Vinod Khosla, writing on TechCrunch in his continuing series on how algorithms are going to replace everything, believes that there are two trends in the future confluence of the internet and the web: decentralization and gamification. His arguments regarding decentralization are accurate (if a tad unoriginal at this point considering the overarching development of the internet), but his views on gamification deserve a closer look. He starts reasonable enough:
[…] I firmly believe that we should embrace [gamification] and harness its best parts to drive the education of our children who grow up with online and mobile games.
But then we reach this sentence later in the essay:
And with points and stars and badges and the like both [types of students: the A and D students] are likely to want to spend more time participating, and will be more motivated when they do participate compared to today’s average classroom.
Vinod Khosla is wrong. Dangerously wrong.
I want to start by saying that Khosla is certainly no small figure in the Silicon Valley community, and really, his track record of success is something to laud. I also want to note that some of my closest friends from college are working on mobile games that teach arithmetic skills. I think the work that they are doing is really interesting, worthwhile and useful.
Yet, there is a tremendous difference between having a game on a parent’s iPhone or Android and changing the entire U.S. education system to encourage the acquisition of arbitrary “points and stars and badges.” It’s funny, but this approach has been tried for years in U.S. school districts, without success. Those who want to read about it from an ardent critic can turn to the work of Alfie Kohn who rightly points out the incredible harm that this approach has on the development of children.
There is an incredible danger in the quantification of education. Teacher accountability, student test taking, GPAs, points, rankings, percentiles. The current trend is already moving toward gamification, except it isn’t really fun. And that is just the problem with games as learning: they can’t really convince the unmotivated to learn, can they? Sure, learning algebra by playing a mobile game may be better than reading a textbook, but no student is going to choose Math Blaster over Halo. And no math game can be fun when you are required to get a certain score in order to pass (I certainly hated Mavis Beacon when I was little, and that had already been gamified. And that was in 1995).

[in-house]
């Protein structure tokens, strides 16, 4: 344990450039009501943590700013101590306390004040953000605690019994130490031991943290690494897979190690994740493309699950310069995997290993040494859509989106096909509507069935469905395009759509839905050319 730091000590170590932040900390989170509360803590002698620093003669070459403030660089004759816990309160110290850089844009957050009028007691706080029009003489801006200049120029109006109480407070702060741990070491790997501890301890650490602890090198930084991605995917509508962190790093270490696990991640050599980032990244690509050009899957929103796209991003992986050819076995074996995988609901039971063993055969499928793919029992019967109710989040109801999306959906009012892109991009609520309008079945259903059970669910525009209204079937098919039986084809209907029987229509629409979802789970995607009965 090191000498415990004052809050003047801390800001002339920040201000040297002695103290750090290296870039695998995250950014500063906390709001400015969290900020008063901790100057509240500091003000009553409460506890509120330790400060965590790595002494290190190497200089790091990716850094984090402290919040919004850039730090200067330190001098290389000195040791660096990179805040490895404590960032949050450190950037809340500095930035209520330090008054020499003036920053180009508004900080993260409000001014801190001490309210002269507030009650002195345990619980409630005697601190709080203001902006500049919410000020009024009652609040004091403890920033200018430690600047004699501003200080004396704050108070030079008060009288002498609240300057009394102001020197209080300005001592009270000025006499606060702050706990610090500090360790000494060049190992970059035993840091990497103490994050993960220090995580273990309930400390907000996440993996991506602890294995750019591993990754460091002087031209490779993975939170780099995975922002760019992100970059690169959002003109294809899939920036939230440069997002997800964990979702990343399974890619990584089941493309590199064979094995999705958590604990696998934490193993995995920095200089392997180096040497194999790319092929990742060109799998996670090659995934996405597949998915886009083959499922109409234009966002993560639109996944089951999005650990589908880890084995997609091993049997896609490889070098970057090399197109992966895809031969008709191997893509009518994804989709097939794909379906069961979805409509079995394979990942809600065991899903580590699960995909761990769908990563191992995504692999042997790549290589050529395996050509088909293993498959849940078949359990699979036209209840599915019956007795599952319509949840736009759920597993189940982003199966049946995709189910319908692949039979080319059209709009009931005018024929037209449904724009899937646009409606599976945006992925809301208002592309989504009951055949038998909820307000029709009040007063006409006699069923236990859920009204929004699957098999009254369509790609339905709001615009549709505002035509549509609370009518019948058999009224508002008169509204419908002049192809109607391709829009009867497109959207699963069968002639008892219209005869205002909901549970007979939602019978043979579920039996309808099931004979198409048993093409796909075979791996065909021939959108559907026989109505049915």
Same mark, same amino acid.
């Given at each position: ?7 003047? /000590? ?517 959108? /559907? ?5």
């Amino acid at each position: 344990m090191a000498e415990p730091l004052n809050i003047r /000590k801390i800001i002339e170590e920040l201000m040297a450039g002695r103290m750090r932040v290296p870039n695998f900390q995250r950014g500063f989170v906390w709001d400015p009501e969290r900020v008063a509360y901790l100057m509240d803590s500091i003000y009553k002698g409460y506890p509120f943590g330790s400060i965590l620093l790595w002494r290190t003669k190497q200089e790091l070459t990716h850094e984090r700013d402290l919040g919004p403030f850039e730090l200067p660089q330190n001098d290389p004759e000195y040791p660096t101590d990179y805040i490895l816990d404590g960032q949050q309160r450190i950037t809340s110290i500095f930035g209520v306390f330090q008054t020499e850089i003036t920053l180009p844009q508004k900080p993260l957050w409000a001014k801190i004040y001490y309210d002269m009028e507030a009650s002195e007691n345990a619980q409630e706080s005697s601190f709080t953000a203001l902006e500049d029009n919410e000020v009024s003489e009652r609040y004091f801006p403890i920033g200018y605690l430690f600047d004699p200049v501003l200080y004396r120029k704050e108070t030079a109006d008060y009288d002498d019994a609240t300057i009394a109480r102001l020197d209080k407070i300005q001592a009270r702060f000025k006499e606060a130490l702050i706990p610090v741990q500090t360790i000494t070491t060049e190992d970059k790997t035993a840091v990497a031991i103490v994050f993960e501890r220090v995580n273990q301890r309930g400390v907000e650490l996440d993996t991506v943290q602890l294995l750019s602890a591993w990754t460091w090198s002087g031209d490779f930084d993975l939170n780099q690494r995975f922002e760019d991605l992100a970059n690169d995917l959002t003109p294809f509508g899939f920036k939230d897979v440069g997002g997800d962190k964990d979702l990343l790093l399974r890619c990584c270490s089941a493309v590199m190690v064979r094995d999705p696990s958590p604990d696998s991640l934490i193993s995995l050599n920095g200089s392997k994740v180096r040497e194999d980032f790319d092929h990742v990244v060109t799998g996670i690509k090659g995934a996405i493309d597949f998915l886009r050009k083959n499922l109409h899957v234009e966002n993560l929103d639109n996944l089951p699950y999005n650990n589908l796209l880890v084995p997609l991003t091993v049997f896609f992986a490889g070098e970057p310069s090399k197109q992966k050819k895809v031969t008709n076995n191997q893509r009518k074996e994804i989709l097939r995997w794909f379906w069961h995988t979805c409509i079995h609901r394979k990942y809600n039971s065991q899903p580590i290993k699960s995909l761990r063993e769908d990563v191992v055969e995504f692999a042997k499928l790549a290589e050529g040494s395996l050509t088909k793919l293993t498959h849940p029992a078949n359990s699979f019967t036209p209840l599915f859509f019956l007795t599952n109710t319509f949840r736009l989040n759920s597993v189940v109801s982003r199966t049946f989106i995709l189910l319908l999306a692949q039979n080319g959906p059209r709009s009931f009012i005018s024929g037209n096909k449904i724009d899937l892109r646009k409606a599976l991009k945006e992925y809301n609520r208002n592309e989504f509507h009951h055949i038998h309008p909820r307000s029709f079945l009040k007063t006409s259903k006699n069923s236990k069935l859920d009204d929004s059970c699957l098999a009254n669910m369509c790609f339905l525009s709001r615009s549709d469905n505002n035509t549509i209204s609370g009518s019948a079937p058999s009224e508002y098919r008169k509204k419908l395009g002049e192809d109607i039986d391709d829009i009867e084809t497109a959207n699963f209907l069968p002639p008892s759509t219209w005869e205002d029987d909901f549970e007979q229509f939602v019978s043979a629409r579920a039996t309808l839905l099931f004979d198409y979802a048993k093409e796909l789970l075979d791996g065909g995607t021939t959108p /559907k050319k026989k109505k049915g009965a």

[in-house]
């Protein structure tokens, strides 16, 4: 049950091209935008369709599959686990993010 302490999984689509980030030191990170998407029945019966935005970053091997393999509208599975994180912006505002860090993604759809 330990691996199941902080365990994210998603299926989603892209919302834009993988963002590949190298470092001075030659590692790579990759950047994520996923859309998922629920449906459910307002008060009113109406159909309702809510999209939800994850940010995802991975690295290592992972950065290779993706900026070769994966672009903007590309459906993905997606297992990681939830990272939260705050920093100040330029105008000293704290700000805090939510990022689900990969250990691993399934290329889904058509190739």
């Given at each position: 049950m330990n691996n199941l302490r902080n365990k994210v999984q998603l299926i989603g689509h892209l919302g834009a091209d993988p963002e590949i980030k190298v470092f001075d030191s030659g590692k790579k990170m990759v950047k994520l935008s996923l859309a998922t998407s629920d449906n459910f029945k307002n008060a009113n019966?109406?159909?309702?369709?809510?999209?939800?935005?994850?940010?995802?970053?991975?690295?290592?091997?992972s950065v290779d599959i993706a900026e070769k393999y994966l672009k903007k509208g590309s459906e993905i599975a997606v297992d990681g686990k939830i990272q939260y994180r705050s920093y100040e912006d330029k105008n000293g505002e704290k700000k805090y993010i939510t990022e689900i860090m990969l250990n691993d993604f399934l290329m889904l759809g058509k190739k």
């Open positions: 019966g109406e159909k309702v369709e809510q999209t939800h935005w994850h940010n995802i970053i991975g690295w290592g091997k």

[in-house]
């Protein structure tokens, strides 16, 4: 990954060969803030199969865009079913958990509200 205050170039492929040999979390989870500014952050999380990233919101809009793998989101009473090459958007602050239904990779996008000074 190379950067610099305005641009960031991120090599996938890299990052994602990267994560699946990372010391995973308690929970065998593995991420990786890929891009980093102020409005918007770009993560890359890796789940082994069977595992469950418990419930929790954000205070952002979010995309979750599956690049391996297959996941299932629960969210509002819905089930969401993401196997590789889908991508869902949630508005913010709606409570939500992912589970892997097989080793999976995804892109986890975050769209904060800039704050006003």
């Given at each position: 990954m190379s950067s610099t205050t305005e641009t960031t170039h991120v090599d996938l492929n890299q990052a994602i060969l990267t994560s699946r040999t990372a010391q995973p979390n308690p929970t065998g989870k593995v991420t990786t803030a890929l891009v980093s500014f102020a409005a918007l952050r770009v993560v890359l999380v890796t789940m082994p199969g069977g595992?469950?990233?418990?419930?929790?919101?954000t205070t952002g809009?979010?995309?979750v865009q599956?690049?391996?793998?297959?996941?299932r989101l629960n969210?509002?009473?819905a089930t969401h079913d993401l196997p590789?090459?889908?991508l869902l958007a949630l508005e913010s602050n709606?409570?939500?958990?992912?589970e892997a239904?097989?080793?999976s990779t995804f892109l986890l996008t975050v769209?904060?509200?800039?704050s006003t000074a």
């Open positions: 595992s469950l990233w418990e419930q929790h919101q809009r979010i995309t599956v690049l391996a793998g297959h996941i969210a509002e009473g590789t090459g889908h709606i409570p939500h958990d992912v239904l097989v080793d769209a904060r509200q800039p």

Dumping these sorts of entertainment toys into the toxic atmosphere that is American public schools is not going to solve our education problems. In fact, it may even make them worse. But that probably never occurred to Khosla, who like many ed tech pundits, is not and never has been a teacher.
At a time when creativity and originality are requisite skills for career success, why are we focused on developing technologies that take the creativity out of education? Perhaps I get so angry and passionate about this because I just barely managed to get through public school before the current regime of test taking. As I have discussed previously on this blog, it was the incredibly flexibility of my early teachers in elementary school that allowed me the opportunity to explore computers at a young age. Today, I am a product manager and majored in Mathematical and Computational Science with other interests in 3D animation, photography, writing and art. No gamification needed. To use Khosla’s example of A and D students: A students don’t need games and games won’t help D students.
Khosla does make a valid point regarding breaking up the lock-step approach of education progression. He sees games as a potential avenue for changing that model, but then again, nearly every technology developed for education has personalized learning as one of its major motivations. This personalization is going to change the way people learn and completely alter the role of the teacher in the classroom, but its success is still dependent on a willing and passionate student to get the most value. Games are just a subset of this trend.
If start-ups in education want to make a difference, focus on enjoyment, not fun. Games are fun: you can turn off your mind and lose a few hours shooting vampires or building human civilizations across the ages. Enjoyment comes from accomplishment and developing something original, realizing that you have the ability to challenge and change your world. To put it in concrete terms - don’t play games, make them. But that requires a level of confidence in children that American
prisons public schools just have not been able to possess.
Khosla provides some interesting ideas, but we have to be vigilant of thinking that there is an immediate technical solution to a problem of human psychology and human society. Maria Montessori believed that students, when given an open canvas on which to learn, will learn masterpieces. That philosophy helped to create the Google founders, and it is exactly the kind of attitude the United States needs to educate students for the 21st century economy.